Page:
Haiti is a party to the Revised Treaty of Chaguaramas and is a member of the Single Market.  At present, the CARICOM Secretariat is engaged with the Government of Haiti to determine the remaining steps to be taken to implement the components of the Single Market and the time-frames within which the legislative, regulatory and administrative actions could be taken (immediate, medium and long term).  This approach aims at integrating Haiti into the CSME.  

The Bahamas does not participate in the Single Market.  Montserrat is a British Dependency and is not legally empowered to undertake commitments in respect of the Single Market arrangements.  

(ii)   Where are we today

Today, the operations of the Single Market have been further strengthened by several other mechanisms which support the vision articulated 29 years ago in Grand Anse, Grenada.

The progress under the Single Market is due in no small measure to a number of regional institutions that have been established to support the initiative.  Among them are: the Caribbean Court of Justice (CCJ) whose objective is to provide legal certainty to the operations of the CSME.  The Court, inaugurated in 2005, has two jurisdictions – Original for interpretation of the Revised Treaty and Appellate as the final court of appeal in all matters.  CARICOM member States that participate in the Single Market subscribe to the original jurisdiction of the Court.  

 Other institutions have been established that set the standards, for example, for trade in goods under the CSME.  These include the CARICOM Regional Organisation for Standards and Quality (CROSQ), and the Caribbean Agricultural Health Food Safety Agency (CAHFSA), while the CARICOM Competition Commission is geared at promoting competition and protecting consumers from firms abusing their dominant position in the Market. 

The CARICOM Development Fund (CDF), which was established to provide financial or technical assistance to countries, regions and sectors disadvantaged due to the operations of the Single Market, began its operations in 2009.

Since the Single Market became operational, the free movement of skilled CARICOM nationals has moved from five initial categories to ten.  Those nationals, issued with Skills Certificates as required by the regulations, can move without the need for work permits, as envisaged by the Grand Anse Declaration.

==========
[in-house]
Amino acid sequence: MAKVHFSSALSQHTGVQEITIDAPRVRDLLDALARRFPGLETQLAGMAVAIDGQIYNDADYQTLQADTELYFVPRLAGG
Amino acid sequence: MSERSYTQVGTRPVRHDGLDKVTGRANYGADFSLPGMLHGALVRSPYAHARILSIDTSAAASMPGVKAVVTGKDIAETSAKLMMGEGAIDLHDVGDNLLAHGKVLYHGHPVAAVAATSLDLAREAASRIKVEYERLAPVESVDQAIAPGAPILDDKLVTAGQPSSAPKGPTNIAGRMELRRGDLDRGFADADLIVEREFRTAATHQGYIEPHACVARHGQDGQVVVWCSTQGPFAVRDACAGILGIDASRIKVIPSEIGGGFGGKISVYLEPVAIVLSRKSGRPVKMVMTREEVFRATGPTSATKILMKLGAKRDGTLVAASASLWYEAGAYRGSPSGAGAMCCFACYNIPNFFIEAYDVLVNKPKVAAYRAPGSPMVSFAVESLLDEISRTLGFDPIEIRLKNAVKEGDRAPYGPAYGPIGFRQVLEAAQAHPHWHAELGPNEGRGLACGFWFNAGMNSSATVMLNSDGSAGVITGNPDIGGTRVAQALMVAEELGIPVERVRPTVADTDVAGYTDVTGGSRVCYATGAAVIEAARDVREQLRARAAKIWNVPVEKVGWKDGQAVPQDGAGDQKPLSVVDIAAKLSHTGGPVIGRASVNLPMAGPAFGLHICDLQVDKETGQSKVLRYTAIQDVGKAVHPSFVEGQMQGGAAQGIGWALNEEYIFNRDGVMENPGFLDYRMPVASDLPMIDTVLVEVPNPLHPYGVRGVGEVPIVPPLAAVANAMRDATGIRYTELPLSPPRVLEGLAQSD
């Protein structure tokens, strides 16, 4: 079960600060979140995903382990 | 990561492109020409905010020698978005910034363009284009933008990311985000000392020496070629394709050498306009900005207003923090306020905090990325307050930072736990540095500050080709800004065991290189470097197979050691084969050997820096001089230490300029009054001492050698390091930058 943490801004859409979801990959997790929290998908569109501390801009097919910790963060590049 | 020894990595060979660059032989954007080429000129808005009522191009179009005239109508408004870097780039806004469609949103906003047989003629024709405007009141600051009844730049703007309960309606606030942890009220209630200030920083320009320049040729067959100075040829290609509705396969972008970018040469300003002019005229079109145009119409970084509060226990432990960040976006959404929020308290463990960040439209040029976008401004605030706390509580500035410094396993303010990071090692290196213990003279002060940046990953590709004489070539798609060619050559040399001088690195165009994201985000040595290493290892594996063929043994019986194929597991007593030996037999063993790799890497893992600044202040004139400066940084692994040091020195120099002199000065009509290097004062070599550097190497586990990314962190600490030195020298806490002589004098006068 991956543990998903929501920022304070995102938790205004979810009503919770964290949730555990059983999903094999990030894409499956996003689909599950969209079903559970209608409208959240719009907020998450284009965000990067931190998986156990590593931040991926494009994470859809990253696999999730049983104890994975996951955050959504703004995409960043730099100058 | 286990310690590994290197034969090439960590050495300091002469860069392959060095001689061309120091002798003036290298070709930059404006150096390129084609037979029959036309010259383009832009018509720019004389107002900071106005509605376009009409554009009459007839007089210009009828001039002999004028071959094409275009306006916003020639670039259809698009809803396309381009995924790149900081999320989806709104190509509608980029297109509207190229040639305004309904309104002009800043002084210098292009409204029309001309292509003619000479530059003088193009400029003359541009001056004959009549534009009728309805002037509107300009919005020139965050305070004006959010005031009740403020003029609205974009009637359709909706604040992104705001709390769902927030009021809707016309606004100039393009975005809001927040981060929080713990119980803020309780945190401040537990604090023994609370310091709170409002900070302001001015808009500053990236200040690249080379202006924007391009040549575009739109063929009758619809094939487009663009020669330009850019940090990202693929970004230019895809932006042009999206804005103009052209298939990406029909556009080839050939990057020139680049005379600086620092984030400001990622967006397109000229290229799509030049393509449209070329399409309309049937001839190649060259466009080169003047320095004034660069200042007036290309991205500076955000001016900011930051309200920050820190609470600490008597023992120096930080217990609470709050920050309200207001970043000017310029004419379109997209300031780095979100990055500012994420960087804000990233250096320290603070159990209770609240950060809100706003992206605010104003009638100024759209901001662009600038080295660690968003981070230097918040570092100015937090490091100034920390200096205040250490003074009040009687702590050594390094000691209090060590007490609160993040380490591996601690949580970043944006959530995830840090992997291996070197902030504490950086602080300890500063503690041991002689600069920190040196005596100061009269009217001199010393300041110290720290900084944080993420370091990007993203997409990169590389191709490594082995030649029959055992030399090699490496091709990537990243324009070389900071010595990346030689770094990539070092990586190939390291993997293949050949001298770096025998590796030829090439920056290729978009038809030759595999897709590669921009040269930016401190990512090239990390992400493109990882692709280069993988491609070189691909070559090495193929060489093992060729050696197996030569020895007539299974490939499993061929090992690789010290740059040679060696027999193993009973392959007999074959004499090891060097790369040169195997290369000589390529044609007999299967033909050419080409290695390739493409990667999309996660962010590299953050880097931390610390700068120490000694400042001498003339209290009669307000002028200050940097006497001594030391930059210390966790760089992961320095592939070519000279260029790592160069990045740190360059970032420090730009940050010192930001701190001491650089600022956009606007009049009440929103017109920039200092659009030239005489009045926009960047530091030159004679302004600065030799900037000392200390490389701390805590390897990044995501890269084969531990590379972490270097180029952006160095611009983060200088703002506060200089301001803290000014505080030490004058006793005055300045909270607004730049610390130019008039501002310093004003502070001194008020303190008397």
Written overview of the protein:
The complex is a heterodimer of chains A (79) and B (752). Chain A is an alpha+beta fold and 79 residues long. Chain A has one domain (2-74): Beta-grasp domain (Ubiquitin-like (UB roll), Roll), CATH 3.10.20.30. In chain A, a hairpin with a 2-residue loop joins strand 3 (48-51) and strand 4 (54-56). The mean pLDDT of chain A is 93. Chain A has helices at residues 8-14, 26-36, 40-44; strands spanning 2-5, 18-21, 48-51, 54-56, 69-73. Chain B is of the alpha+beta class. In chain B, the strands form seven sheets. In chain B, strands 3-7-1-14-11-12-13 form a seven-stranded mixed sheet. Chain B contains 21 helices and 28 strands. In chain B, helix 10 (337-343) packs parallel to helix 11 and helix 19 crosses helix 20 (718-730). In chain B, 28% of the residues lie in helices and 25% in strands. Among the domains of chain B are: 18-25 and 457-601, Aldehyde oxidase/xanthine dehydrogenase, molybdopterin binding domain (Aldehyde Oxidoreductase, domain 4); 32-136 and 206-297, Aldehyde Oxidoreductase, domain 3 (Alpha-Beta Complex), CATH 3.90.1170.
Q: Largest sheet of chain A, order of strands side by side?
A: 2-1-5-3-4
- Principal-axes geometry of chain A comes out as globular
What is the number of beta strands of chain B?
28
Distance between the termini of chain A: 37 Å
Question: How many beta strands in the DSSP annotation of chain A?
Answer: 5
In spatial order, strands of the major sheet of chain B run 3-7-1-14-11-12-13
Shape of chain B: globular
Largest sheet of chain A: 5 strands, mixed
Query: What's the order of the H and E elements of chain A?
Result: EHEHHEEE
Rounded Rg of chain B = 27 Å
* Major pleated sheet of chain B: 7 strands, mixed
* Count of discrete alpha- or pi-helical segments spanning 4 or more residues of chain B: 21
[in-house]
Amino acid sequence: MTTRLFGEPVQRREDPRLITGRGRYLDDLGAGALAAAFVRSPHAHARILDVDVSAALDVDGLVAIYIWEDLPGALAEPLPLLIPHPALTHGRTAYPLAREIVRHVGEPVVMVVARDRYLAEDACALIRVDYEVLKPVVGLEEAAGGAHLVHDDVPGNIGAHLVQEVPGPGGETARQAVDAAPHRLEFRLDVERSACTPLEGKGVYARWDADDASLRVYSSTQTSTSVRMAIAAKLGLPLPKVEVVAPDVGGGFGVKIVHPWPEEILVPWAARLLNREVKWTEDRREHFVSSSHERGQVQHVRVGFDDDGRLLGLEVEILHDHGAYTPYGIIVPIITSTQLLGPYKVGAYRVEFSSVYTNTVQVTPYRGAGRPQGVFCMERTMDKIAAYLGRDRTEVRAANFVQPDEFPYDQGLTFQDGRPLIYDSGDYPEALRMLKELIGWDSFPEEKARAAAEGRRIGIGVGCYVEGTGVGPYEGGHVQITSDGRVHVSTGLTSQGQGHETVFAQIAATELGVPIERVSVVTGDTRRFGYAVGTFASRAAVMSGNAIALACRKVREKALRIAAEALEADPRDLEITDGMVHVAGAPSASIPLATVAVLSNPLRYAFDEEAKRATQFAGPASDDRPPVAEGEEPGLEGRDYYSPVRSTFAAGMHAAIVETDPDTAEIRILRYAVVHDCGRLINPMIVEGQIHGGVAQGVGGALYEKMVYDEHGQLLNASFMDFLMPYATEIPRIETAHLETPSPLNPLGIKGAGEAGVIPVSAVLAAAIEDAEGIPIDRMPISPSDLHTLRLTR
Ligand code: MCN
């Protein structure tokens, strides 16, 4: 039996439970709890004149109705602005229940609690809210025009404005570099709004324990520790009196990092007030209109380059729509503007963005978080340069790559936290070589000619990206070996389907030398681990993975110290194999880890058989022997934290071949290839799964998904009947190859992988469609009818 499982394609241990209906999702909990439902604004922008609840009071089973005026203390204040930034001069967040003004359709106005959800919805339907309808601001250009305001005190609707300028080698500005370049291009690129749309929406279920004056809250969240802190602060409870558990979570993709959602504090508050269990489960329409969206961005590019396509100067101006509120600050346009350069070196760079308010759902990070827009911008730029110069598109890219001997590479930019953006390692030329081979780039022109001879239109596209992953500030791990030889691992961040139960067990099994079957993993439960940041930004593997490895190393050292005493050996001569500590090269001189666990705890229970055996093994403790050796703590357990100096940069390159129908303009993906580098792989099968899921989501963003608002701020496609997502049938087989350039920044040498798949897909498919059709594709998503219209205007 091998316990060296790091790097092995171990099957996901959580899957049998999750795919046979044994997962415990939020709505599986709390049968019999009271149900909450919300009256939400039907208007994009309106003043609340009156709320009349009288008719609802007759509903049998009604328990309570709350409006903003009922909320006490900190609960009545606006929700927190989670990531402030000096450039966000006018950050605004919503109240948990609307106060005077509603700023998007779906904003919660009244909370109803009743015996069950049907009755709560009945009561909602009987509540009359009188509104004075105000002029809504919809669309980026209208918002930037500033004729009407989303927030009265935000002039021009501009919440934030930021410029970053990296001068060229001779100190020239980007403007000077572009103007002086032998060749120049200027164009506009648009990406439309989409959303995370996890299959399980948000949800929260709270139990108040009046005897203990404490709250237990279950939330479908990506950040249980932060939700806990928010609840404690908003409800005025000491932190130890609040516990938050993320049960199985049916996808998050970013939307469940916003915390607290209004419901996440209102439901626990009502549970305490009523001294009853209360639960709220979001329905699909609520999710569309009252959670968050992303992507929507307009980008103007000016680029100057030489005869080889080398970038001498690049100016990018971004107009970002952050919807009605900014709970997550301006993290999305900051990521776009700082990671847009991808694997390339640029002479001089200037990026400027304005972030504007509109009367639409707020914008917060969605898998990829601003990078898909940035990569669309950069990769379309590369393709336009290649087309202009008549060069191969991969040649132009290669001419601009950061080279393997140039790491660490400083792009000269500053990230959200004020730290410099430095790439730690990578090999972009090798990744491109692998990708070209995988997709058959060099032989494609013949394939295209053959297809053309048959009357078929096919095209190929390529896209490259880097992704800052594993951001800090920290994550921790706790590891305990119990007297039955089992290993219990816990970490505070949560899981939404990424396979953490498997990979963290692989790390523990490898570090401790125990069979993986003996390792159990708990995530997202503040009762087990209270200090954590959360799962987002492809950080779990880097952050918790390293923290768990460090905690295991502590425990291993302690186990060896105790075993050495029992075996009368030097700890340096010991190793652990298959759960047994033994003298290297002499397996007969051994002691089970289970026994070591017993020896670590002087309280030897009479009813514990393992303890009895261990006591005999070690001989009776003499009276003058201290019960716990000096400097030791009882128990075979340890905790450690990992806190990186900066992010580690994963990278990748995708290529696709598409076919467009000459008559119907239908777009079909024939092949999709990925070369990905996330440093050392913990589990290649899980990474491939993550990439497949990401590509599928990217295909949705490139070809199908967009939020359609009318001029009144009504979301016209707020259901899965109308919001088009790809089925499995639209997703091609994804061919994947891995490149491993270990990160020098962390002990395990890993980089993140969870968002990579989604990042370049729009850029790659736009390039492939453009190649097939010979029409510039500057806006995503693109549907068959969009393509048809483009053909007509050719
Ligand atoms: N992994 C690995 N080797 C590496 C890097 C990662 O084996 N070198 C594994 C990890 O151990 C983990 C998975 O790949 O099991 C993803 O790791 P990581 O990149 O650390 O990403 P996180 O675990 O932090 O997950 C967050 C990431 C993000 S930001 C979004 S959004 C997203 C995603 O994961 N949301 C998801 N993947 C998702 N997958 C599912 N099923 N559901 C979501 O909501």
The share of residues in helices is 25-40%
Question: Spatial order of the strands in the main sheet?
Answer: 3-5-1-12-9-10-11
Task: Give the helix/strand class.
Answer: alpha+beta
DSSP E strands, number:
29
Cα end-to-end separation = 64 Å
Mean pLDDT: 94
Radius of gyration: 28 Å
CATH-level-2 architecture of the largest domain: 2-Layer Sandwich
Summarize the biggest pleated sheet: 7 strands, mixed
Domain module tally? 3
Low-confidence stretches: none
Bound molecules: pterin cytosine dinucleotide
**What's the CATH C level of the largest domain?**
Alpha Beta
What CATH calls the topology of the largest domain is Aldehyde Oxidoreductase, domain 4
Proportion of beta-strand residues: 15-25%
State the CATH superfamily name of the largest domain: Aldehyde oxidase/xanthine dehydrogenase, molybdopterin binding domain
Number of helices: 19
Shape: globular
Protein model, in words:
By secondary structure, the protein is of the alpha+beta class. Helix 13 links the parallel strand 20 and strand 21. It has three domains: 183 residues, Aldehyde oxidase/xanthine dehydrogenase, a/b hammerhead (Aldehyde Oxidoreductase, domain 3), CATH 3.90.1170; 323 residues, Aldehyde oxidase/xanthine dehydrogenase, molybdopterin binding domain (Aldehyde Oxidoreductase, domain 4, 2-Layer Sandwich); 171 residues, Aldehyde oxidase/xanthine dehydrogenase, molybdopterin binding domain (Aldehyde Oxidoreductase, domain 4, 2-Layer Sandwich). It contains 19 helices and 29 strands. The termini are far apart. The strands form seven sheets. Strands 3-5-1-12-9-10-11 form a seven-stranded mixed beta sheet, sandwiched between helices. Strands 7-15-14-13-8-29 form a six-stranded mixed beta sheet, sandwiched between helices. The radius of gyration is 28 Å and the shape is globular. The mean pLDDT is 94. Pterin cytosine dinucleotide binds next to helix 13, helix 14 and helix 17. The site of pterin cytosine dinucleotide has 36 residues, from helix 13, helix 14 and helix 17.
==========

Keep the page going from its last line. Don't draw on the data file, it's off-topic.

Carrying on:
Already, the CSME  has had an impact on the lives of citizens and businesses.  The latter utilise the Right of Establishment, Movement of Service Providers and Technical, Supervisory and Managerial Staff regime to enhance their operations.  

As the Community seeks to advance the Single Market, work is continuing on a number of legislative actions and other reforms that Member States need to take in the areas of institutions, regulations and administrative arrangements in the five core regimes of the CSM – free movement of goods, free movement of capital, free movement of skills, free movement of services and the right to establish a business, for example.  Progress is also ongoing in the harmonization of commercial type legislation, as well as in the regulatory and supporting areas such as competition, consumer protection, intellectual property and harmonization of product standards.

In framing the Revised Treaty of Chaguaramas, certain areas were identified for further elaboration within the scope of the Single Market such as government procurement; trade involving free zones; free circulation; and electronic commerce. Work is being done in these areas to inform regional policy.  

Other support measures have been implemented by Heads which require national policy and implementation.